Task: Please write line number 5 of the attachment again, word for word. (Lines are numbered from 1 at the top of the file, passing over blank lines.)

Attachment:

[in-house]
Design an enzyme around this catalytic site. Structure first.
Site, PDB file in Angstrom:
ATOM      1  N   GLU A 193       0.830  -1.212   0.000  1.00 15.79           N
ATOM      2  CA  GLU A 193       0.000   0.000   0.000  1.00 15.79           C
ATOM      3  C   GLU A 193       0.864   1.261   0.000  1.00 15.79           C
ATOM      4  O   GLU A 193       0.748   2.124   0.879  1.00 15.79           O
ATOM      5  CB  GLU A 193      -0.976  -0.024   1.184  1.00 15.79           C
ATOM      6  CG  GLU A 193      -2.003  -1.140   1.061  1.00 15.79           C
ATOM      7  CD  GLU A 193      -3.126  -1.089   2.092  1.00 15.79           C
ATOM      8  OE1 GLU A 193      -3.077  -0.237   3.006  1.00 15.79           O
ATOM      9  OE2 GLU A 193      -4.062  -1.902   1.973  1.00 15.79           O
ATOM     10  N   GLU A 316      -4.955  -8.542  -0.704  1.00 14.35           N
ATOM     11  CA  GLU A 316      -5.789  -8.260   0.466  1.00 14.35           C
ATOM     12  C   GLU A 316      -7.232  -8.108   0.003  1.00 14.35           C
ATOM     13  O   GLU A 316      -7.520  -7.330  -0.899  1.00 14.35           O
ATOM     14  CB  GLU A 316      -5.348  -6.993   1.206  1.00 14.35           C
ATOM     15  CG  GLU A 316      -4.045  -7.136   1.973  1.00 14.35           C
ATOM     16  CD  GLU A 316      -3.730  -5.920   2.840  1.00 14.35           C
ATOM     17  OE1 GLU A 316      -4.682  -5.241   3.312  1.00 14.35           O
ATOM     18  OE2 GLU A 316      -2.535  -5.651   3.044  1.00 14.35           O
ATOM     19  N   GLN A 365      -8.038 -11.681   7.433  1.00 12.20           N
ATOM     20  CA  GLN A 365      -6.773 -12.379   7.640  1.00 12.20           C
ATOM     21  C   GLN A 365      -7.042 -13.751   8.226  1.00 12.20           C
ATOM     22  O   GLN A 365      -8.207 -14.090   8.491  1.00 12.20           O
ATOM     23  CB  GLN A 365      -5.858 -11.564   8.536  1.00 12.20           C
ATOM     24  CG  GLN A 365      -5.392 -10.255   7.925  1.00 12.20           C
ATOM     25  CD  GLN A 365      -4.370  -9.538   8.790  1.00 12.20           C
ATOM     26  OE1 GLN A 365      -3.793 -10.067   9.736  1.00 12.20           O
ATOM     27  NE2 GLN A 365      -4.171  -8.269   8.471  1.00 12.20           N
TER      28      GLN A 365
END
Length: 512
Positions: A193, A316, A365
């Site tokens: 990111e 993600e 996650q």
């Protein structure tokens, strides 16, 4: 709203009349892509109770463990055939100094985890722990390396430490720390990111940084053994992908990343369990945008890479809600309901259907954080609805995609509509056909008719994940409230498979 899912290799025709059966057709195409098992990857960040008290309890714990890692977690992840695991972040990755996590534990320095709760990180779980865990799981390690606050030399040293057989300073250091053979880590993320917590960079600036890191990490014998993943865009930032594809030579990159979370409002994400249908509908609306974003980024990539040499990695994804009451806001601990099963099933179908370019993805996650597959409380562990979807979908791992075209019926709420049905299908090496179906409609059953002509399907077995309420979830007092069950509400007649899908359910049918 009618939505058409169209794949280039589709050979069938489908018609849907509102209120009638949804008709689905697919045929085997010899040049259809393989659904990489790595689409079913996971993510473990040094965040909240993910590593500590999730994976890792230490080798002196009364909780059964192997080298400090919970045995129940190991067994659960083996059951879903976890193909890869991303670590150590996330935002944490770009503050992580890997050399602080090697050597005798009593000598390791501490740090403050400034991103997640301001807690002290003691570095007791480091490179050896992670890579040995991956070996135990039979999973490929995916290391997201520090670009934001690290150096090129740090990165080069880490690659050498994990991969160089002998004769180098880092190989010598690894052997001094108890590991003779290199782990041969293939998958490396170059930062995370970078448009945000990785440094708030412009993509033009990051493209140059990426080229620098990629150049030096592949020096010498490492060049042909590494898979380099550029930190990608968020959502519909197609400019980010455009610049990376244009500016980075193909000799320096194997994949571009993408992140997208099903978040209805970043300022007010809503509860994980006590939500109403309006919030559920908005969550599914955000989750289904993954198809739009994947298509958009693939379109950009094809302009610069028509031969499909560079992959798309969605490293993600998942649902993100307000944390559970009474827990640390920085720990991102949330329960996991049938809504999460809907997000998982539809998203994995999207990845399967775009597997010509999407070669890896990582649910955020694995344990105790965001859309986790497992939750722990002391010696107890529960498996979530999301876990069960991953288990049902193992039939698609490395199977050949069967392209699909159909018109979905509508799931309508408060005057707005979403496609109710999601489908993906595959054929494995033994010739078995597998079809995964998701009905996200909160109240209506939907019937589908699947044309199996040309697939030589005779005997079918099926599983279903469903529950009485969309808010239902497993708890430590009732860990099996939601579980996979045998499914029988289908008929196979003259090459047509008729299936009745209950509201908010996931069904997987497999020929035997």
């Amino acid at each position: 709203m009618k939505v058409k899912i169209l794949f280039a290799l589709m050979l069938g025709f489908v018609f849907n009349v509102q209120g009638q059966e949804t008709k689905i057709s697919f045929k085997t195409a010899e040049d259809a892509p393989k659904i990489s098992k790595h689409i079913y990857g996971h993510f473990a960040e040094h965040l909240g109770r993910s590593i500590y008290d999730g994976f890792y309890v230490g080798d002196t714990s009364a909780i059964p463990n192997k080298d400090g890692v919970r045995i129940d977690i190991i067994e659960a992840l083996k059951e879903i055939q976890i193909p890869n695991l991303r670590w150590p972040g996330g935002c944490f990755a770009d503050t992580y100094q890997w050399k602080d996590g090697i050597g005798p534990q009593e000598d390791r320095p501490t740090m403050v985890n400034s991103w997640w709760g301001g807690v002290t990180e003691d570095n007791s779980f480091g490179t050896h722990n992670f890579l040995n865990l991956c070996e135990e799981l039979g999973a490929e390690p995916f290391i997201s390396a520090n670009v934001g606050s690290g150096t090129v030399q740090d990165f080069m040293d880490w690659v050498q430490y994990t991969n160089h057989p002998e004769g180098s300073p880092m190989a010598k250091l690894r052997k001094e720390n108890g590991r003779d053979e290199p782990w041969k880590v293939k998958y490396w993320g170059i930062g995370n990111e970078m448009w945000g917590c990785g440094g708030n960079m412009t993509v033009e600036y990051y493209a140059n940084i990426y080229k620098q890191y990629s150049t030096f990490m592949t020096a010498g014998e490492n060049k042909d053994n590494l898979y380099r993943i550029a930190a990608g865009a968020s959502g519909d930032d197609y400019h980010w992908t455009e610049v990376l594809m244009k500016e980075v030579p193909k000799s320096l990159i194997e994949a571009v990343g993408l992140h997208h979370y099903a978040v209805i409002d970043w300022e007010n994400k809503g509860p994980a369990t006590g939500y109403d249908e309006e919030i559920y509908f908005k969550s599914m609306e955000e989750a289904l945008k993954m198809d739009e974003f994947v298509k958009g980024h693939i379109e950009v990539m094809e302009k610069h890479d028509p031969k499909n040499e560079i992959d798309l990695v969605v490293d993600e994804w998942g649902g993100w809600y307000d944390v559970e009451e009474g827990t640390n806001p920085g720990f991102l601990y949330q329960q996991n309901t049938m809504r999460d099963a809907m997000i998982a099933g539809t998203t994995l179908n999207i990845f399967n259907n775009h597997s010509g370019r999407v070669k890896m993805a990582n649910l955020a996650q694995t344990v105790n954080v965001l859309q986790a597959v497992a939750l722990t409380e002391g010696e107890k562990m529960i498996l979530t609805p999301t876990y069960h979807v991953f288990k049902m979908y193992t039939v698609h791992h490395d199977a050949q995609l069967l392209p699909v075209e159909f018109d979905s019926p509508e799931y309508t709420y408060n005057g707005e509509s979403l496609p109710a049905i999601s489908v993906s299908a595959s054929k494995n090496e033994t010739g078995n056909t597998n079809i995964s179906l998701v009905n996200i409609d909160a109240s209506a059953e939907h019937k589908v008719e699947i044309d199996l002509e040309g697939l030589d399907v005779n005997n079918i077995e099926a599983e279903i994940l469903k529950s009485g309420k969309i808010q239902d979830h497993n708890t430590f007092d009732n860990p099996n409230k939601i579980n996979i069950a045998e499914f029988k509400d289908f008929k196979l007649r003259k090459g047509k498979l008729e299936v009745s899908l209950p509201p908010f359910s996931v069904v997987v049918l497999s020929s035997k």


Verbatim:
ATOM      2  CA  GLU A 193       0.000   0.000   0.000  1.00 15.79           C